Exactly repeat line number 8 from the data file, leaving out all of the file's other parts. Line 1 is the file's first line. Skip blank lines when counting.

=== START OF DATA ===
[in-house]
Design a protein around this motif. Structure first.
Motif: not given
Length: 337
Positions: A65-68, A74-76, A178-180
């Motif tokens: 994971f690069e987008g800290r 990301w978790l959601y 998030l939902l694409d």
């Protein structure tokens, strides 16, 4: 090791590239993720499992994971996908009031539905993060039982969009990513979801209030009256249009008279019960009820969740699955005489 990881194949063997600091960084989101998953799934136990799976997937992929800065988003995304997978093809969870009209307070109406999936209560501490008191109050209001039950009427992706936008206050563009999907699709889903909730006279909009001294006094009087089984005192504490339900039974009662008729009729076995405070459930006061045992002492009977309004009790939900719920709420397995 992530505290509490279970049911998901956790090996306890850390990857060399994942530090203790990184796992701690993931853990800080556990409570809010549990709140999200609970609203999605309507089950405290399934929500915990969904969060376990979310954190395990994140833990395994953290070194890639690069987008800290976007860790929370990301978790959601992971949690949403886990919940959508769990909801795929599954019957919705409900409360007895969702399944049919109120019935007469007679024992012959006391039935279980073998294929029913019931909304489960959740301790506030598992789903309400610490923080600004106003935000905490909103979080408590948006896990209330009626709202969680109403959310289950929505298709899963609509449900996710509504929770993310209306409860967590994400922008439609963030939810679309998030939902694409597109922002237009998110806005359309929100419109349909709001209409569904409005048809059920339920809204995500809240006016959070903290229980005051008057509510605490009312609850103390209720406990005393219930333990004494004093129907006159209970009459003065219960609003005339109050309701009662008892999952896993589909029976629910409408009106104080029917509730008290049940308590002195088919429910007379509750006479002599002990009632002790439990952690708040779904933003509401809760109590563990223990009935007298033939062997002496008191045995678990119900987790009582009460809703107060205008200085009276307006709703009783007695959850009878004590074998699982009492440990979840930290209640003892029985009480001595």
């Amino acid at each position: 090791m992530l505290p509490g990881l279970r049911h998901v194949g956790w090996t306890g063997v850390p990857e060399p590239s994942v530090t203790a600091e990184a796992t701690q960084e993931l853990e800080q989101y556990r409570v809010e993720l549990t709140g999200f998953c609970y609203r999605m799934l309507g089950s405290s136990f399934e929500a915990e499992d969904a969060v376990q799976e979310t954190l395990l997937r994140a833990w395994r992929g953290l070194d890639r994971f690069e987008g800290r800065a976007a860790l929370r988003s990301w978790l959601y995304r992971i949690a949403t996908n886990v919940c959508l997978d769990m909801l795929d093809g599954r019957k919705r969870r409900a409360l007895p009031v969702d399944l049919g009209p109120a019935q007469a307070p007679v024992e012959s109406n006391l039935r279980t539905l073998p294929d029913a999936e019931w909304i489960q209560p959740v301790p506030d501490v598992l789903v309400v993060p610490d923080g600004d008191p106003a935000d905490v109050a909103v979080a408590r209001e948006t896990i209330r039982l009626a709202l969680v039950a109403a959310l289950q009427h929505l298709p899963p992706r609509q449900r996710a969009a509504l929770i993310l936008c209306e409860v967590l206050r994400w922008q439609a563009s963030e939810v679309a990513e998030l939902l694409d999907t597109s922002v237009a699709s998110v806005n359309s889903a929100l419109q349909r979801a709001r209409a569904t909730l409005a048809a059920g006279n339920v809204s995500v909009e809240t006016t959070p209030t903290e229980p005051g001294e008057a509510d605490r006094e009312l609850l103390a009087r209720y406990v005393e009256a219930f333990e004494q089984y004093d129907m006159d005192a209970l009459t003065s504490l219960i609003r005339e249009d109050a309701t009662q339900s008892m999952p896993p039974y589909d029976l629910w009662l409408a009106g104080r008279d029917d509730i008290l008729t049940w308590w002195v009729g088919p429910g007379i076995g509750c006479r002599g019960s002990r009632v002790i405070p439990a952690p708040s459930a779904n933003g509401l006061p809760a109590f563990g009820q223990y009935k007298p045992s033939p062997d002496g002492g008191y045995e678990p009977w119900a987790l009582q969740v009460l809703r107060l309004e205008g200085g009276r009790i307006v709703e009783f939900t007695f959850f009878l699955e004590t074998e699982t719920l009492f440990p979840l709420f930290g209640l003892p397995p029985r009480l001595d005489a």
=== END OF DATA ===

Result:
């Amino acid at each position: 090791m992530l505290p509490g990881l279970r049911h998901v194949g956790w090996t306890g063997v850390p990857e060399p590239s994942v530090t203790a600091e990184a796992t701690q960084e993931l853990e800080q989101y556990r409570v809010e993720l549990t709140g999200f998953c609970y609203r999605m799934l309507g089950s405290s136990f399934e929500a915990e499992d969904a969060v376990q799976e979310t954190l395990l997937r994140a833990w395994r992929g953290l070194d890639r994971f690069e987008g800290r800065a976007a860790l929370r988003s990301w978790l959601y995304r992971i949690a949403t996908n886990v919940c959508l997978d769990m909801l795929d093809g599954r019957k919705r969870r409900a409360l007895p009031v969702d399944l049919g009209p109120a019935q007469a307070p007679v024992e012959s109406n006391l039935r279980t539905l073998p294929d029913a999936e019931w909304i489960q209560p959740v301790p506030d501490v598992l789903v309400v993060p610490d923080g600004d008191p106003a935000d905490v109050a909103v979080a408590r209001e948006t896990i209330r039982l009626a709202l969680v039950a109403a959310l289950q009427h929505l298709p899963p992706r609509q449900r996710a969009a509504l929770i993310l936008c209306e409860v967590l206050r994400w922008q439609a563009s963030e939810v679309a990513e998030l939902l694409d999907t597109s922002v237009a699709s998110v806005n359309s889903a929100l419109q349909r979801a709001r209409a569904t909730l409005a048809a059920g006279n339920v809204s995500v909009e809240t006016t959070p209030t903290e229980p005051g001294e008057a509510d605490r006094e009312l609850l103390a009087r209720y406990v005393e009256a219930f333990e004494q089984y004093d129907m006159d005192a209970l009459t003065s504490l219960i609003r005339e249009d109050a309701t009662q339900s008892m999952p896993p039974y589909d029976l629910w009662l409408a009106g104080r008279d029917d509730i008290l008729t049940w308590w002195v009729g088919p429910g007379i076995g509750c006479r002599g019960s002990r009632v002790i405070p439990a952690p708040s459930a779904n933003g509401l006061p809760a109590f563990g009820q223990y009935k007298p045992s033939p062997d002496g002492g008191y045995e678990p009977w119900a987790l009582q969740v009460l809703r107060l309004e205008g200085g009276r009790i307006v709703e009783f939900t007695f959850f009878l699955e004590t074998e699982t719920l009492f440990p979840l709420f930290g209640l003892p397995p029985r009480l001595d005489a």